A precomposed character (alternatively composite character or decomposable character) is a Unicode entity that can also be defined as a sequence of one or more other characters. A precomposed character may typically represent a letter with a diacritical mark, such as é (Latin small letter e with acute accent). Technically, é (U+00E9) is a character that can be decomposed into an equivalent string of the base letter e (U+0065) and combining acute accent (U+0301). Similarly, ligatures are precompositions of their constituent letters or graphemes.
Precomposed characters are the legacy solution for representing many special letters in various character sets. In Unicode, they are included primarily to aid computer systems with incomplete Unicode support, where equivalent decomposed characters may render incorrectly.
In the following example, there is a common Swedish surname Åström written in the two alternative methods, the first one with a precomposed Å (U+00C5) and ö (U+00F6), and the second one using a decomposed base letter A (U+0041) with a combining ring above (U+030A) and an o (U+006F) with a combining diaeresis (U+0308).
Except for the different colors, the two solutions are equivalent and should render identically. In practice, however, some Unicode implementations still have difficulties with decomposed characters. In the worst case, combining diacritics may be disregarded or rendered as unrecognized characters after their base letters, as they are not included in all fonts. To overcome the problems, some applications may simply attempt to replace the decomposed characters with the equivalent precomposed characters.
With an incomplete font, however, precomposed characters may also be problematic – especially if they are more exotic, as in the following example (showing the reconstructed Proto-Indo-European word for "dog"):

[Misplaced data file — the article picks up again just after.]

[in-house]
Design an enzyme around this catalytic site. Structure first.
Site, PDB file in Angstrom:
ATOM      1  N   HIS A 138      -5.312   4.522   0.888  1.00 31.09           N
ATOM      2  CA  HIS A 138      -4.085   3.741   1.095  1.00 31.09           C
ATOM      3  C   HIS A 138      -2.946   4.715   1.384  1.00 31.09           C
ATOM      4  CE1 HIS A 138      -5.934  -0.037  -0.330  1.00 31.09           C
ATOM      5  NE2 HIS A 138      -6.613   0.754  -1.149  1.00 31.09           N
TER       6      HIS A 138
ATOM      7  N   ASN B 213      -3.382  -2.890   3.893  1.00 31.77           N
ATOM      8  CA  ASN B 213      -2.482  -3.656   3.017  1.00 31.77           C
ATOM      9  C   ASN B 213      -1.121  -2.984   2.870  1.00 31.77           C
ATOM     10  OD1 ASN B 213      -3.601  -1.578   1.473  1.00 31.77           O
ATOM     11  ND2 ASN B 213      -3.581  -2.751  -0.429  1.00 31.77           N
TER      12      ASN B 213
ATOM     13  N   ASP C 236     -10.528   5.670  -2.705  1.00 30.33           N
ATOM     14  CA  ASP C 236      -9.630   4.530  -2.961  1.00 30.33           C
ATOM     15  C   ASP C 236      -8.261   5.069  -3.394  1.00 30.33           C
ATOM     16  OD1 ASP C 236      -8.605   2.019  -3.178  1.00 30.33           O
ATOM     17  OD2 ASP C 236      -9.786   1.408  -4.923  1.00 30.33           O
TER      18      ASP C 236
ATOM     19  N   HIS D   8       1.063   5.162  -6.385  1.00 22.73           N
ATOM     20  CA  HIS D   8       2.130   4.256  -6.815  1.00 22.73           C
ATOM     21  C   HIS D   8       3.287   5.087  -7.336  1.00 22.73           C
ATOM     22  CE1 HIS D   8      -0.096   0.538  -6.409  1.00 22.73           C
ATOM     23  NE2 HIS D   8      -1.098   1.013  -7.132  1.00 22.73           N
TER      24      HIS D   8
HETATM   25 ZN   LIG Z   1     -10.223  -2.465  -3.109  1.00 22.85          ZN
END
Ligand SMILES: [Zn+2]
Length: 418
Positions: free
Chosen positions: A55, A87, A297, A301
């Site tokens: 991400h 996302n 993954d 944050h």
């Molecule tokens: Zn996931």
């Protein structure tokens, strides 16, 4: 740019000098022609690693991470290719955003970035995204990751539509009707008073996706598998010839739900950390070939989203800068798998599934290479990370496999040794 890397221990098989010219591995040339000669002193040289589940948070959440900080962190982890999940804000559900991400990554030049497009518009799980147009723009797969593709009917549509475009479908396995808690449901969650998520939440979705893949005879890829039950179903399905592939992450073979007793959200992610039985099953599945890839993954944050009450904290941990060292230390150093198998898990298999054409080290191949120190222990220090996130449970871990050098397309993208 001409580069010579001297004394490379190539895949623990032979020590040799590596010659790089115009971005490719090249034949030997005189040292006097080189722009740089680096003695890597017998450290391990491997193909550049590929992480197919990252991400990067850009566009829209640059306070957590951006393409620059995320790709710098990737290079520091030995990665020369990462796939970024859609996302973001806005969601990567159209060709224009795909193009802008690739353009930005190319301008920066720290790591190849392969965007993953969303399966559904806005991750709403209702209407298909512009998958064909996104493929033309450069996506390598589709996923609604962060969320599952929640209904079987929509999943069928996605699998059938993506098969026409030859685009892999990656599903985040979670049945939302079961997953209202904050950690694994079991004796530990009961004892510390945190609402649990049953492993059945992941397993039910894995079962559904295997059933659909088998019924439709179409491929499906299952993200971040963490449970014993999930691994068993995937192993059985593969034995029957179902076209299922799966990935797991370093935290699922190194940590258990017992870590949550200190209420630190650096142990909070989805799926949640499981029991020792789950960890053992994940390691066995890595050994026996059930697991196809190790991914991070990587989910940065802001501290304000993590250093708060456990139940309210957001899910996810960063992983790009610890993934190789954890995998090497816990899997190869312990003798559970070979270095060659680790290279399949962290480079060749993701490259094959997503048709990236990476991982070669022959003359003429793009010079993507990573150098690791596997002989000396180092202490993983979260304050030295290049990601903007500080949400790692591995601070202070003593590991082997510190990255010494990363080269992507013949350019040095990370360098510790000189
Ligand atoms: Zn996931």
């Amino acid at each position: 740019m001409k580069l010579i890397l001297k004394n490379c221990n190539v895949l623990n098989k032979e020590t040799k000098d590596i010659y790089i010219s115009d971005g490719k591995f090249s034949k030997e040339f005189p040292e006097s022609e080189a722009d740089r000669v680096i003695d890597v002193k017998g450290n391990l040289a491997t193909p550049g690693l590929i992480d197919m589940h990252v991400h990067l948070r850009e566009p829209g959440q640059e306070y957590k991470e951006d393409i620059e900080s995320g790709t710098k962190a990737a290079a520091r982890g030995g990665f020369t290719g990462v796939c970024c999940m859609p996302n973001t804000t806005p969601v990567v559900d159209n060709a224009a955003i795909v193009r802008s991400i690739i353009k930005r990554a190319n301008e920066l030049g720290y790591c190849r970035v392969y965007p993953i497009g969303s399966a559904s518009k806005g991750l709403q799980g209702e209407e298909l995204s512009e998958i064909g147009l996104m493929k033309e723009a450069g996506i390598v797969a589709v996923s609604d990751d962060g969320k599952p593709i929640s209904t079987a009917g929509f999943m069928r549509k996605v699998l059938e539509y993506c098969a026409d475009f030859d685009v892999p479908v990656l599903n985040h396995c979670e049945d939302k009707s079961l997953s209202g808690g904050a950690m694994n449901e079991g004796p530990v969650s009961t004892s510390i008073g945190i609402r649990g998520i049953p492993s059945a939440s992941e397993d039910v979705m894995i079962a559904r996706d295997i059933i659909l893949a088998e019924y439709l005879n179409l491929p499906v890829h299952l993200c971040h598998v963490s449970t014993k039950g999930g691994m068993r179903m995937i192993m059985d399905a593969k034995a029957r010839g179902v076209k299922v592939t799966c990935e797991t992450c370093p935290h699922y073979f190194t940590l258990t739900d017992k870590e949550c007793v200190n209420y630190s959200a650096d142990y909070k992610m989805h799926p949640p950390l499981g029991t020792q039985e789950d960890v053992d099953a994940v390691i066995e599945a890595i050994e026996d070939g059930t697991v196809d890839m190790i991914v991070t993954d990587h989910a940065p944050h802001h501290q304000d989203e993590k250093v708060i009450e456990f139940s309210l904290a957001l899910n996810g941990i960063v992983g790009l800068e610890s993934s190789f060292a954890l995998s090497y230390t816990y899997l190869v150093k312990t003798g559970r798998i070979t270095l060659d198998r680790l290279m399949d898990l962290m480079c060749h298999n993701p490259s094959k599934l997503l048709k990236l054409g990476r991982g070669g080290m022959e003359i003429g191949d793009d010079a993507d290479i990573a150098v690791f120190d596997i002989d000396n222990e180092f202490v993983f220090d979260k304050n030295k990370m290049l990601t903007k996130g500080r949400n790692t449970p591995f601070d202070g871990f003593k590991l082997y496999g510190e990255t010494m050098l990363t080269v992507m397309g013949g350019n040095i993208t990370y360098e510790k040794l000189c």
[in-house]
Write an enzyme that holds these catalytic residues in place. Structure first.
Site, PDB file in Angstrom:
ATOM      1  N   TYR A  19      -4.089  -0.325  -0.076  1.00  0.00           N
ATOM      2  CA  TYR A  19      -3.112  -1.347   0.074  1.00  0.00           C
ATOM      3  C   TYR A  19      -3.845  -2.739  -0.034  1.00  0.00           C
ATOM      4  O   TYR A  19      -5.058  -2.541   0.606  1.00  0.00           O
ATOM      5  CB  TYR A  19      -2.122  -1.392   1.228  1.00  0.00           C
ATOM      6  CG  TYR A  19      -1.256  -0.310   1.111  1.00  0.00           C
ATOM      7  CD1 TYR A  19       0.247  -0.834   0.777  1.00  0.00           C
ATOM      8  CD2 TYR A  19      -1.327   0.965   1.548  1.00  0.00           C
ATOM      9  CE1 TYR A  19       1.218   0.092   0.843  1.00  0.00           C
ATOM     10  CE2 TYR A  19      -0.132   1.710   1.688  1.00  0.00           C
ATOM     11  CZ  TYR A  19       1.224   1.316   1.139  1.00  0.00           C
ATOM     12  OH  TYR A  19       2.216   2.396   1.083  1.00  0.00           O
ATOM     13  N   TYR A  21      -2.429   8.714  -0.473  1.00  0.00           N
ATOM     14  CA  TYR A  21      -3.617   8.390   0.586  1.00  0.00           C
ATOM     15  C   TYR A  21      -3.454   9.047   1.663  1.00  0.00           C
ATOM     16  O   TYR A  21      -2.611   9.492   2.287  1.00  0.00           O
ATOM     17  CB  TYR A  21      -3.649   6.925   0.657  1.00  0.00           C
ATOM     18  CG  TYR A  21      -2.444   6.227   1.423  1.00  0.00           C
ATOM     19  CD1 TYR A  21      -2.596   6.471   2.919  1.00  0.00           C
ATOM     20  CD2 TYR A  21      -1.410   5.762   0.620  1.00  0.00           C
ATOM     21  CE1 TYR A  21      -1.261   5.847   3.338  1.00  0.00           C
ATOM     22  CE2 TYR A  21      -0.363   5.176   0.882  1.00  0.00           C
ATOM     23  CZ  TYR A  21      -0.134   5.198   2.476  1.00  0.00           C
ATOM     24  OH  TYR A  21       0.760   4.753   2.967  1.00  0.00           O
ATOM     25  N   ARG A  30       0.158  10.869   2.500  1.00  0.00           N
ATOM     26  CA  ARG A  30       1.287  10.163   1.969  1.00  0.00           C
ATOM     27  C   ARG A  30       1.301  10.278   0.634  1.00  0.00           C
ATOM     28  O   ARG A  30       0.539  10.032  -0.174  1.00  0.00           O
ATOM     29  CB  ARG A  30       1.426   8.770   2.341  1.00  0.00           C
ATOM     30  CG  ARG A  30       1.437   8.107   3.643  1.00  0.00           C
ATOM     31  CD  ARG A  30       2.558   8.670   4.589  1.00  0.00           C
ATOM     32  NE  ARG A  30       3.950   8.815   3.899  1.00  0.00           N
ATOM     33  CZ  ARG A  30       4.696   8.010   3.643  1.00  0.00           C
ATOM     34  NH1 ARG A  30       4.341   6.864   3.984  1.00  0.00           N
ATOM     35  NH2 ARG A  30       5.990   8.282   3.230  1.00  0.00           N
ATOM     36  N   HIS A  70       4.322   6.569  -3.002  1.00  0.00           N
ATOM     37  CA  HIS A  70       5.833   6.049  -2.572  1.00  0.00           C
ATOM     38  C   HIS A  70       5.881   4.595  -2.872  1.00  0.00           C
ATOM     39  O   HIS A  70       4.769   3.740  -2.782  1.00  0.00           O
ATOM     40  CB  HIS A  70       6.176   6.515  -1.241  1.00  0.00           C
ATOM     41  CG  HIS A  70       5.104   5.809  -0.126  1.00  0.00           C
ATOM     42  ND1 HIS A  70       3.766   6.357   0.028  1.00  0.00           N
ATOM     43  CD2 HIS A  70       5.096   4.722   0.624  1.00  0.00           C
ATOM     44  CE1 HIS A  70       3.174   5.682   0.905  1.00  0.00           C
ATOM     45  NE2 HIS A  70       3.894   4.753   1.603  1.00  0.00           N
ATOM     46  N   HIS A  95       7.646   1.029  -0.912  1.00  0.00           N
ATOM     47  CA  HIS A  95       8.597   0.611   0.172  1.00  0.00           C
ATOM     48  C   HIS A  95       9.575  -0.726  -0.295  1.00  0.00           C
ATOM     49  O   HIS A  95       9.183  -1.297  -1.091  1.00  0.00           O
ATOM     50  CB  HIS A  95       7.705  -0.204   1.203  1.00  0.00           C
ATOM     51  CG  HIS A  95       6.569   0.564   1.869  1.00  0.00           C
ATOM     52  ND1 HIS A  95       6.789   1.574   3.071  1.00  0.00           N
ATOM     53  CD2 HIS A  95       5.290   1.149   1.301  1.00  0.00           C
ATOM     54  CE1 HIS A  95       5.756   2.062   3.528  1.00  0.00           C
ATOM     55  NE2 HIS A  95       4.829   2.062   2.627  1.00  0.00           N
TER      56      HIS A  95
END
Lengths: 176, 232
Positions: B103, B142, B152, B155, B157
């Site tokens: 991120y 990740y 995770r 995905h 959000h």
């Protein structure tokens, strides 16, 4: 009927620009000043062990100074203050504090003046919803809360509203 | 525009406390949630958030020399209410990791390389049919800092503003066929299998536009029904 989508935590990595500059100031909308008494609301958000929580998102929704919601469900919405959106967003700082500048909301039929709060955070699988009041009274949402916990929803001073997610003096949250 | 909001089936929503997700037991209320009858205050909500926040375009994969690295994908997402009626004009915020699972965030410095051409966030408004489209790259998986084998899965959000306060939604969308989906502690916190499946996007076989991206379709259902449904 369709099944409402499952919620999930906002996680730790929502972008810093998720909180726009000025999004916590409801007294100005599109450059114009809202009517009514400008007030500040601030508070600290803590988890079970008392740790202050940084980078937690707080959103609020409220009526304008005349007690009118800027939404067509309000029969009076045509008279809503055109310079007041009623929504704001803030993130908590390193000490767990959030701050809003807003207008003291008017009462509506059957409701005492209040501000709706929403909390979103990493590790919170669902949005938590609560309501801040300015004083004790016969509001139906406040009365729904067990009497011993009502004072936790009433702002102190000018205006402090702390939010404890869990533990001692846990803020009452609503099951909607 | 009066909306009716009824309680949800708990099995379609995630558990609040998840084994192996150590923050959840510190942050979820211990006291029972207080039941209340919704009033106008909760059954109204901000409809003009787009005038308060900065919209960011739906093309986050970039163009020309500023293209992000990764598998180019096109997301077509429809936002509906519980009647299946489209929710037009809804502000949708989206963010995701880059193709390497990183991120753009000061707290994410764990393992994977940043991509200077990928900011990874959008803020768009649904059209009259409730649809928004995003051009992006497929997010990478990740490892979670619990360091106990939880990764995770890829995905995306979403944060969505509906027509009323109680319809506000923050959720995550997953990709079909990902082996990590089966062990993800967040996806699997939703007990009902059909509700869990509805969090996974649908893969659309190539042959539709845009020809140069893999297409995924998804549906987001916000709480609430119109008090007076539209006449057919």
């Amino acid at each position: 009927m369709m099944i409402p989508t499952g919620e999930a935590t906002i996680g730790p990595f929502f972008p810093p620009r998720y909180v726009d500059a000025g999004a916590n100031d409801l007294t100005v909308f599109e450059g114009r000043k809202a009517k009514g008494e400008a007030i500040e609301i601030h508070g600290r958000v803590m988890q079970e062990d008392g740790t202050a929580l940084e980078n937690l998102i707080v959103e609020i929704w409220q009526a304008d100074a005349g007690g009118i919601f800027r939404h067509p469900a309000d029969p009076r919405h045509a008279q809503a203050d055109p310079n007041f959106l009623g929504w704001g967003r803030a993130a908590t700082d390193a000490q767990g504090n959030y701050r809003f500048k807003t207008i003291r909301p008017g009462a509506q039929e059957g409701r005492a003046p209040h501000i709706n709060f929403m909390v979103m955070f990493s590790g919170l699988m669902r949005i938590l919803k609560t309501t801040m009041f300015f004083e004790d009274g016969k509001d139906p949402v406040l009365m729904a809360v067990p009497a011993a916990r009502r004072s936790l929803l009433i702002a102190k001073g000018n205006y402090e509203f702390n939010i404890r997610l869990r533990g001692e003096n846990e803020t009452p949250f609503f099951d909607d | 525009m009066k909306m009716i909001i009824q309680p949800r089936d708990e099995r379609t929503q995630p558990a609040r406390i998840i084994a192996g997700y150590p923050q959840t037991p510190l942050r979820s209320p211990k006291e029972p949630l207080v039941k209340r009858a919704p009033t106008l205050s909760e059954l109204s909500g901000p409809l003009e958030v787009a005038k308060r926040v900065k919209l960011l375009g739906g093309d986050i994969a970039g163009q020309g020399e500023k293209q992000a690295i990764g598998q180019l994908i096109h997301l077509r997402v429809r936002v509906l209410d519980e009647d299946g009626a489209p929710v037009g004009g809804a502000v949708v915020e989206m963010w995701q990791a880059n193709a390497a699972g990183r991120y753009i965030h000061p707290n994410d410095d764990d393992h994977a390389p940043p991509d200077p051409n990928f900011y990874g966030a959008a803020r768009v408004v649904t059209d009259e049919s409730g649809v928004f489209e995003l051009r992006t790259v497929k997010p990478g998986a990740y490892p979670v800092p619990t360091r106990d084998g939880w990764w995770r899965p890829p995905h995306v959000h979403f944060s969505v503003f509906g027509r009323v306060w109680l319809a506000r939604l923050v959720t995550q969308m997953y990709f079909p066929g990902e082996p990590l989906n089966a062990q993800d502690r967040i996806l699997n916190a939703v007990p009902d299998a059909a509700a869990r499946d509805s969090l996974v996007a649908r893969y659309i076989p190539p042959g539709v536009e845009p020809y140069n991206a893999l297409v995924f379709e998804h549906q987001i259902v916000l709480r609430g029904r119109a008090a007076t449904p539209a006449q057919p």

In some situations, the precomposed green k, u and o with diacritics may render as unrecognized characters, or their typographical appearance may be very different from the final letter n with no diacritic. On the second line, the base letters should at least render correctly even if the combining diacritics could not be recognized.
OpenType has the ccmp "feature tag" to define glyphs that are compositions or decompositions involving combining characters.
In theory, most Chinese characters as encoded by Han unification and similar schemes could be treated as precomposed characters, since they can be reduced (decomposed) to their constituent radical and phonetic components with Chinese character description languages. Such an approach could reduce the number of characters in the character set from tens of thousands to just a few thousand. On the other hand, a decomposed character set would introduce challenges for searching and editing software and require more bytes of encoding per document. One particular challenge would be the multiple-to-multiple projections between the set of decomposed characters and the precomposed character—one precomposed character may be decomposed into multiple different sets of decomposed characters while one set of decomposed characters could contract themselves into multiple different precomposed characters. There is no strict requirement or constraints regarding the relative position between components within a character, the form of variant and transform (narrow, widen, stretch, rotate, etc.) applied on components, nor the number of each components.